Lessons I Learned Raising My Daughter

How to make sure your daughter is raised with the values you want her to have.

Parents who have children, will probably know that raising a child is not an easy task. There are many different lessons that parents must learn as they raise their children. In this article, I will discuss some of the lessons that I learned as a parent.

I’m not going to lie, I was a little disappointed when we found out we were expecting a girl; I had hoped for a son. Turn me in for the jerk-of-the-year award, please. It wasn’t that I didn’t want a girl; it was simply that I wasn’t sure how I’d connect to or raise a sex that liked tea parties over rugby matches.

It was simple to envision how I would raise a son. Strict discipline combined with love and respect, wilderness survival teachings, historic fights, countless wrestling contests, and gentlemanly instruction On the other hand, what about a girl? I was horrified by the prospect. Images of puberty, boy band concerts, uncomfortable dad moments, and an embarrassed/annoyed daughter all contributed to my conclusion that I wasn’t made out for the job of parenting a daughter.

Part of my misunderstanding stemmed from my upbringing as an only child, my exposure to guys via different sports teams, and my subsequent attendance at a military institution with a 6:1 male to female ratio. Let’s just say that, although I admired the opposite sex, I didn’t know much about them other than the fact that they perplexed me and smelled wonderful.

My beliefs were quickly thrown out the hospital window when my baby was delivered. She was stunning, and I immediately assumed the role of her father. I was hers, and she was mine. The first time I held her, and later when she said “Dada!” and extended her arms to embrace me, my heart melted within me. Fears of not being able to love a girl as deeply as I used to vanished as I transformed into the overly pleased father I’d always derided.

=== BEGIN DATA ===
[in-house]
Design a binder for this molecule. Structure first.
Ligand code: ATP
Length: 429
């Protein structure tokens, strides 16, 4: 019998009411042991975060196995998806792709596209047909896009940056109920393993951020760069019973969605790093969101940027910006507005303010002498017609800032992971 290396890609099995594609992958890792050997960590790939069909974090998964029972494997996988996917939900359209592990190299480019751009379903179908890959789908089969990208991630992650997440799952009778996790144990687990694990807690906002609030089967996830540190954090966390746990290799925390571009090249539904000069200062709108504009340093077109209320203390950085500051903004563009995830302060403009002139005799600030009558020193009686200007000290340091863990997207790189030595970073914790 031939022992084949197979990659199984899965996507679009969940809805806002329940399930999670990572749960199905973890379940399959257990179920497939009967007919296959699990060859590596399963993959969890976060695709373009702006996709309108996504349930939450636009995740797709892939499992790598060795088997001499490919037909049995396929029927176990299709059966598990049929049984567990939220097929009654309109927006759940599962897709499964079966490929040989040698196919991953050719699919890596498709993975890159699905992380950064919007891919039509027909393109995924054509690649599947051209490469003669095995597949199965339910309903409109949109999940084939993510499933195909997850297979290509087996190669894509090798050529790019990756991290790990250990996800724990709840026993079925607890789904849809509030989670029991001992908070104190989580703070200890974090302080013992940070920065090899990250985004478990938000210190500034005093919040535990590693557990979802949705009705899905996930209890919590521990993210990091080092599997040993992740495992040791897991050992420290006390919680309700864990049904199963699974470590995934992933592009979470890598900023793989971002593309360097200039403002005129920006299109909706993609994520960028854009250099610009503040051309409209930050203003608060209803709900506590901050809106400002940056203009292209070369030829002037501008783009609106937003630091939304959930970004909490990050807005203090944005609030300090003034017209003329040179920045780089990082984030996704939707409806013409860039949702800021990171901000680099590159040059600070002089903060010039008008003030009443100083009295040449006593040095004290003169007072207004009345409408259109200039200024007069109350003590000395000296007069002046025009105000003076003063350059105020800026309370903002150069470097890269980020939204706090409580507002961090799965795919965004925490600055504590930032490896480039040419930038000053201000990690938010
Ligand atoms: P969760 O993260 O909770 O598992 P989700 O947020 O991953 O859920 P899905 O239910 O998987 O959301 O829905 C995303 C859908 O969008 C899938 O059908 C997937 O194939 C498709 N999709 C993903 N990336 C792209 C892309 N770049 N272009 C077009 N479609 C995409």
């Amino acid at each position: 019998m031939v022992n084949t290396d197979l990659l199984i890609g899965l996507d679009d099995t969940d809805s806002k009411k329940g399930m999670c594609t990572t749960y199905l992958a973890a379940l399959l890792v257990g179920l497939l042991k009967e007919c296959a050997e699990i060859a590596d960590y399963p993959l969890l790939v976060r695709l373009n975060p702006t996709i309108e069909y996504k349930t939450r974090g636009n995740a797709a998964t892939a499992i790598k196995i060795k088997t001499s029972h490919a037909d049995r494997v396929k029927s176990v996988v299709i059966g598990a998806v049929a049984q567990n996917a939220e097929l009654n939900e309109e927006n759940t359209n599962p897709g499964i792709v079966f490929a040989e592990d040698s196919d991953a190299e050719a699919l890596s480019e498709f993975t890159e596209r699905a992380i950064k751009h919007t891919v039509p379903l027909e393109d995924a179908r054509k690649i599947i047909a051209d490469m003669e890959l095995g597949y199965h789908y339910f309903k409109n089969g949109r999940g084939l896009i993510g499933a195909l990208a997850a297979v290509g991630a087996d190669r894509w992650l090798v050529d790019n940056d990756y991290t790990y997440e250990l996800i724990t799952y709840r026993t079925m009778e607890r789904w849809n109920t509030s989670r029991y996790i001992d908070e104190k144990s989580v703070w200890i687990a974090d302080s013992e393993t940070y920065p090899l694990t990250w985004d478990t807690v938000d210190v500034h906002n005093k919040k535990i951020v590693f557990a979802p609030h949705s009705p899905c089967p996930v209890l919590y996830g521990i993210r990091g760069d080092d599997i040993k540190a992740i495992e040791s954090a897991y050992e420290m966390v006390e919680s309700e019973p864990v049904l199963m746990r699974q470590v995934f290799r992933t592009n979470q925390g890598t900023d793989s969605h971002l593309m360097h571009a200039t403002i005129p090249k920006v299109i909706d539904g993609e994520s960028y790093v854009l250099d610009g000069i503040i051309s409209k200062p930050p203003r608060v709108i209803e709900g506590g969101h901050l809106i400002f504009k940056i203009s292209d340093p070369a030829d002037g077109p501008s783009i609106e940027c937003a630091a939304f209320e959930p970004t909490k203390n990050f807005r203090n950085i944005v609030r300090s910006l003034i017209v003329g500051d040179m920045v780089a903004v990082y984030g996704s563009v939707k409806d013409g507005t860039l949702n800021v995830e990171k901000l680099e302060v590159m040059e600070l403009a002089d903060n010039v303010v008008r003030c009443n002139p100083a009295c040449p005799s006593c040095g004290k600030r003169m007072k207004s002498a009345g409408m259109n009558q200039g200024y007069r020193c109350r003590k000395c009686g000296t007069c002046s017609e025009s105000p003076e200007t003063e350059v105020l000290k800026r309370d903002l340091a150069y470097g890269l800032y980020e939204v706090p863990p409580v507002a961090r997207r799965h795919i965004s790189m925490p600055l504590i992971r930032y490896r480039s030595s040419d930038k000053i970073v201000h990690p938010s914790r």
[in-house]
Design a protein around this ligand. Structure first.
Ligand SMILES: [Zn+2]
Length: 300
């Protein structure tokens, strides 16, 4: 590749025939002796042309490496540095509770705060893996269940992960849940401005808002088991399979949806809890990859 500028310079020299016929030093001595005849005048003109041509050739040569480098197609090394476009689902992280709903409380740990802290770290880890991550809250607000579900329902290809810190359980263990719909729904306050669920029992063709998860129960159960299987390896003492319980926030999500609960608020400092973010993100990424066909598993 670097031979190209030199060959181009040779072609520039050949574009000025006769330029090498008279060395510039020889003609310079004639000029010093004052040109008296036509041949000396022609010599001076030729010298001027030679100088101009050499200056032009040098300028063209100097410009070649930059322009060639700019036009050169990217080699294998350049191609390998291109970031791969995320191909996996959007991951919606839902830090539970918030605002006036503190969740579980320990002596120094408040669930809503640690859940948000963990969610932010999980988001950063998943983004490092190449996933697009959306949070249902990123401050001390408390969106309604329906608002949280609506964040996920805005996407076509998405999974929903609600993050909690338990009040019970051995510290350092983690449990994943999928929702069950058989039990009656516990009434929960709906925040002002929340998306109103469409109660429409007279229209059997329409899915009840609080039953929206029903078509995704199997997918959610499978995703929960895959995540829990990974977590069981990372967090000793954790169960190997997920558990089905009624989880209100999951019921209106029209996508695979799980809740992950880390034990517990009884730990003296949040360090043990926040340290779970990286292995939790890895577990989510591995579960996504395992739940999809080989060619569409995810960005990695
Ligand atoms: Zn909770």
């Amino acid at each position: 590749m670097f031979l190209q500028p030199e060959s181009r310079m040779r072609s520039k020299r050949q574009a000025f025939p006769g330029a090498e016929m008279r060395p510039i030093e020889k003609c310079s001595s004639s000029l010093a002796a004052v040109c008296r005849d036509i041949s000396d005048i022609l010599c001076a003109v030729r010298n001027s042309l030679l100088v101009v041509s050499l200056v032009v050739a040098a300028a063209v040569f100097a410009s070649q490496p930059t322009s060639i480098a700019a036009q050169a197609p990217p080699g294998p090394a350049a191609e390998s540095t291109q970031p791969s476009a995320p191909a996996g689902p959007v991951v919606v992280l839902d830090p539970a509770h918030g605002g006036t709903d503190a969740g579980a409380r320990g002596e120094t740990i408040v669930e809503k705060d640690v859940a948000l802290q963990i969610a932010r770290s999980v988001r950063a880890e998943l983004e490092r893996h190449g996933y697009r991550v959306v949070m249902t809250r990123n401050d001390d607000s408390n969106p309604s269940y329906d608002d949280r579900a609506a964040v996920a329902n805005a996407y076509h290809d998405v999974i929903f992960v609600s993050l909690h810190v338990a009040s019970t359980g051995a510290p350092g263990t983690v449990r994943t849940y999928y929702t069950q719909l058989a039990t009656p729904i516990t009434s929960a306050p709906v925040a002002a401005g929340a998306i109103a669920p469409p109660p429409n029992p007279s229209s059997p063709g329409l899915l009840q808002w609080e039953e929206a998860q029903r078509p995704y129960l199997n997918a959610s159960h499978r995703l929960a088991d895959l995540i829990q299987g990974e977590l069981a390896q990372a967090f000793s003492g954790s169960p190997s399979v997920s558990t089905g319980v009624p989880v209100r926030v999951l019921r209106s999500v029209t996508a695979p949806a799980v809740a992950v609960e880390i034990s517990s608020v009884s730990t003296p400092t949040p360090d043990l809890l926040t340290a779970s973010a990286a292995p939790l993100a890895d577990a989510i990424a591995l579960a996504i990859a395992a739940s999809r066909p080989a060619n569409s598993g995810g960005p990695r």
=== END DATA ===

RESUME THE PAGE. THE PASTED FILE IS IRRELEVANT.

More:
Now that my kid is still a toddler, I realize I still have a lot of things to learn (a fact that nearly kept me from writing this post in the first place). Teenage years loom ahead of me like a looming storm, tempting me with tongue piercings and glittering lip gloss. But, even though I’ve only known my daughter for a short time, she’s given me some invaluable things that I would never have learned if she hadn’t graced my wife and me with her existence.

1) Men are built to defend. Whether or not it is fashionable in today’s culture, every guy has a desire to protect his loved ones. To make them feel secure while you’re present, like a powerful lion guarding the rest of the pride. Though I’m sure this impulse exists in guys as well, the tremendous desire I feel to protect my daughter is stronger than anything else I’ve ever felt. It’s not a sensation that has to be built up; it simply exists, like cement, daring to be moved.


Taking up the position of guardian necessitates a change in demeanor. I’m more mindful of my surroundings and where I’m bringing my infant now, rather than walking blindly into any dark alley. When other people’s irresponsible acts intrude on my daughter’s life, I become a little less compassionate. I used to train out only for the sake of appearances; I wanted to look nice. Now I exercise knowing that I may be the only person between an invader and my wife and kid if they are attacked. I’d be negligent if I didn’t mention the time I’ve spent devising intimidation strategies for potential lovers. Best wishes, Johnny brace-face.

2) Girls prevent a man’s heart from hardening. Perhaps it’s because I attended to a military institution or spent too much time watching “Gladiator,” but I noticed that my heart had hardened with the birth of my kid. Compassion, tolerance, and grace were all missing in my character. “Second place was the first loser,” “pain was merely weakness leaving the body,” and so on were my beliefs. I was quite proud of the order and efficiency with which I handled my life and household. When I looked into the eyes of an innocent young girl satisfied with blowing bubbles, chasing butterflies, and eating excessive quantities of cheese, these tough-guy attitudes appeared a little absurd.

Since the birth of my daughter, I have accepted that not everything in life is merely a resource that must be committed to some final achievement. It’s not the end of the world if we don’t do all of our duties. My vehicle used to be pristine, but now it’s scattered with crushed cheerios and toys in the back seat…who cares! Schedules and plans become considerably more fragile when a kid enters one’s life. When my kid cries, I embrace her instead of trying to distract her with a motivating speech. She has kept my heart free of filth.